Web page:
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credit analysis

Posted by: vindyjunior Sep 6 2003, 10:53 PM
sad.gif Hi, I'm a junior bank Executive in one of the banks in Asia. I'll be sitting for a bank exam soon, and one of the major question asked is on analyzing & how to write a good credit report on commercial/bizz loans. Coming from a consumer loans background, i'm a bit blur on this. I would appreciate if you could explain in brief between using the P&L statement, Balance sheet Stat & Cash Flow stat in coming up with a good credit analysis on giving out loans to business loans & what are major points in those statements that I must use to do a good evaluation. Tq.

Posted by: loanuniverse Sep 7 2003, 12:19 PM
Before I begin let me make a small distinction between what I do {credit analysis} and a {credit report}. I noticed that you kind of used both terms to describe the same thing. While it might be common to refer to credit work as either an analysis or a report, in my experience a credit report is usually associated with the overall credit worthiness of a company. However, a credit analysis is more specific and deals with the repayment capability of a borrower as it relates to a specific credit request. For example, you could get a credit report on thousands of companies, which will provide you with financial information and probably a rating on them. If one of those companies approaches your employer to borrow X amount of money, then a credit analyst will perform an analysis of the repayment, and probably use a credit report as a source of information for it.

Something else that is important to note is that a credit analyst should not approve the loan. The analyst should be limited to give his opinion or recommendation on the credit. The analysis is only a tool {the most important tool in my opinion} for the people with approval authority to determine if the risk of the transaction is warranted. Without getting too deep into it, lets just say that joining a department that is responsible for production with a department that is responsible to control credit quality is a bad idea.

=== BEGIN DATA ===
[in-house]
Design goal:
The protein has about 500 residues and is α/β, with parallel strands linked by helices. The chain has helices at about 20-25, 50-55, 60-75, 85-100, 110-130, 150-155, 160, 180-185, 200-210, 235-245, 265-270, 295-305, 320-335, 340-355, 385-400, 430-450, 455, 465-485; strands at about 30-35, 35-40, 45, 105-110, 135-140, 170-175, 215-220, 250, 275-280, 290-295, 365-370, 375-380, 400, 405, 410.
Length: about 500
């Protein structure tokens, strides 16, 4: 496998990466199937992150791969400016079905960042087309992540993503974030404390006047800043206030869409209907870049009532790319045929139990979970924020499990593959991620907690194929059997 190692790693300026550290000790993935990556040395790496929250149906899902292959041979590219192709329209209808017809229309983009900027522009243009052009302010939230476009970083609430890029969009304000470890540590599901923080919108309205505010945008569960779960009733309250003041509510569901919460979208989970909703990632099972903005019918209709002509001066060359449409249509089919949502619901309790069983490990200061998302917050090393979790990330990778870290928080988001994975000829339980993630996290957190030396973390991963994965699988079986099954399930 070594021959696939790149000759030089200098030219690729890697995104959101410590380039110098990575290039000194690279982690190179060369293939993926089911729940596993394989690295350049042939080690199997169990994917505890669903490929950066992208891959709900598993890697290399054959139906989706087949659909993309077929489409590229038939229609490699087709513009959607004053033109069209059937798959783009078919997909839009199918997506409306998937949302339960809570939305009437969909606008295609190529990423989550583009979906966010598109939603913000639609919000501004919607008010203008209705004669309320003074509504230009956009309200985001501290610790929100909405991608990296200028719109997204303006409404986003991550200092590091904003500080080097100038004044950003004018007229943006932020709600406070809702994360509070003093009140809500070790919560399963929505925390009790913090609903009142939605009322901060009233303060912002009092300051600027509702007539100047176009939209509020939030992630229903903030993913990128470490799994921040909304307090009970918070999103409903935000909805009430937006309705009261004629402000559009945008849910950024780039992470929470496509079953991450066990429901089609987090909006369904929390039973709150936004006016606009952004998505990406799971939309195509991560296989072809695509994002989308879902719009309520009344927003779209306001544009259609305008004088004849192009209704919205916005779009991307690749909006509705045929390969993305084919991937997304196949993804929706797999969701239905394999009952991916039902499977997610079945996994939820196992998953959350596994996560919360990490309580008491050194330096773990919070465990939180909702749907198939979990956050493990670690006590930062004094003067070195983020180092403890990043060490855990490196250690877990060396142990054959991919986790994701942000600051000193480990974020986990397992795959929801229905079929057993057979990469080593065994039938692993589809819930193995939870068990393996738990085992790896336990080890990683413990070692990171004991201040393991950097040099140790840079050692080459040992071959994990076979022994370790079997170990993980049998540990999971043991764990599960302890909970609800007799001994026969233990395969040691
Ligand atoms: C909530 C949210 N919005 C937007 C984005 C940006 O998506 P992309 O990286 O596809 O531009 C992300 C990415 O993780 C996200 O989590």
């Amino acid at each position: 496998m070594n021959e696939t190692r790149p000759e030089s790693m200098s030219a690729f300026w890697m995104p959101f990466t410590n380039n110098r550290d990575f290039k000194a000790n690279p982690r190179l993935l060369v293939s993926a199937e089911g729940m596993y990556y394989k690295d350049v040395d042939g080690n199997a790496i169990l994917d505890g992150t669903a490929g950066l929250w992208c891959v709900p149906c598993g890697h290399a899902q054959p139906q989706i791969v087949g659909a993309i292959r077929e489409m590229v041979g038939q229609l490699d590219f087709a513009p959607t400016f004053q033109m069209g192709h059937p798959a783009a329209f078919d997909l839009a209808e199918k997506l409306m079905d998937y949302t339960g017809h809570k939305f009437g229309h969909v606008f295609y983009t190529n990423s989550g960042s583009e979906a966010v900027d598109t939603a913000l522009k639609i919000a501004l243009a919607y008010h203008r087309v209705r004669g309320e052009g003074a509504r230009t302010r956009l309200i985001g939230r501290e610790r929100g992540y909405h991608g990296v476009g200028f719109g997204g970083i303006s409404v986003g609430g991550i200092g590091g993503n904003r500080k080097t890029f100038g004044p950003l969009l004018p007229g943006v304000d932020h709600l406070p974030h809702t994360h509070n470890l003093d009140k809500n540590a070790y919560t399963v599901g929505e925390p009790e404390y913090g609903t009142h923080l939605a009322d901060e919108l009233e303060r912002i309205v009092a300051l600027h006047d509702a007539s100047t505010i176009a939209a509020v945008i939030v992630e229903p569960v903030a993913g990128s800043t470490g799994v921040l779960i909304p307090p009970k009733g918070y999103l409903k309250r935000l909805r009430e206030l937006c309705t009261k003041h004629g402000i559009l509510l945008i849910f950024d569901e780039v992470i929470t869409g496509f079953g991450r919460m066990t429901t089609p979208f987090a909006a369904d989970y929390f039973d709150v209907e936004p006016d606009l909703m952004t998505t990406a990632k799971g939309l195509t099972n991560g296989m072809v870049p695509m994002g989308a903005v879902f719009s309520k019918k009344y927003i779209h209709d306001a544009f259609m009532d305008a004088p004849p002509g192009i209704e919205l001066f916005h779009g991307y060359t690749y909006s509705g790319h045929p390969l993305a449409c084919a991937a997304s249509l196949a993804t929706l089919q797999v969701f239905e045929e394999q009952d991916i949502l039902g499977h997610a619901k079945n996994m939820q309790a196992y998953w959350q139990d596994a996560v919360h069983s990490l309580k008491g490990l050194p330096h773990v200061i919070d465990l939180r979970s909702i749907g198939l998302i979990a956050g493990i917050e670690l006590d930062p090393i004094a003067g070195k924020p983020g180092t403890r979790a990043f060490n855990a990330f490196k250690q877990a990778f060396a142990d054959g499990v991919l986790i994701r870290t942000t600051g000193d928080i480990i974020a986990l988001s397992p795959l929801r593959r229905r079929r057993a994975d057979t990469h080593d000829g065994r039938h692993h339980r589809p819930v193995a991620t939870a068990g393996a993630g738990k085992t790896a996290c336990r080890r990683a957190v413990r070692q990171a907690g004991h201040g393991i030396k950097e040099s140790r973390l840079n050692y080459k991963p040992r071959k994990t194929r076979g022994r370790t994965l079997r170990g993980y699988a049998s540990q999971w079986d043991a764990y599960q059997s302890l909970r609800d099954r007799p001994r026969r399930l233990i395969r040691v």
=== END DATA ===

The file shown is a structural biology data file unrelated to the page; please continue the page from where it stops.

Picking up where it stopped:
Now to answer your credit analysis question:

A - First, a good credit analysis must have {at a minimum} the following addressed:

- The borrower must be identified {background, industry, management, etc} The amount of information can vary a lot and is determined mostly by the size of the request.
- The terms, conditions and pricing must be detailed.
- Financial information should be discussed. {see section B}
- Repayment must be identified. {see section B}
- Guarantor information if one exists. {see section B}
- A conclusion or recommendation ends the analysis.

B - While the above is mostly structural, the most important factors that you should keep in mind when performing a credit analysis on a borrower are:

- The most important goal is to answer all the Whys?. Most of the questions will arise from the financial performance of the company reflected by its income statement {do not use P&L, that is more of an operational term used by managers, you are a finance professional} Examples of important whys? That need answers:
1) Why did sales/revenue increase or decrease?
2) What happened to the cost structure of the company? Improved or deteriorated?
3) What happened to profits and profitability?

- You will also need to use the balance sheet to discuss the financial position of the company such as net worth, and turnover of trade assets {receivable & inventories}.
- Just as important will be to determine the source of repayment of the loan. This would take me a lot to explain, but let me summarize it by saying that profit does not pay loans. Only cash flow pays loans.

Hope this helped.

For further reading on credit analysis, you might want to try this book Standard & Poor’s Fundamentals of Corporate Credit Analysis

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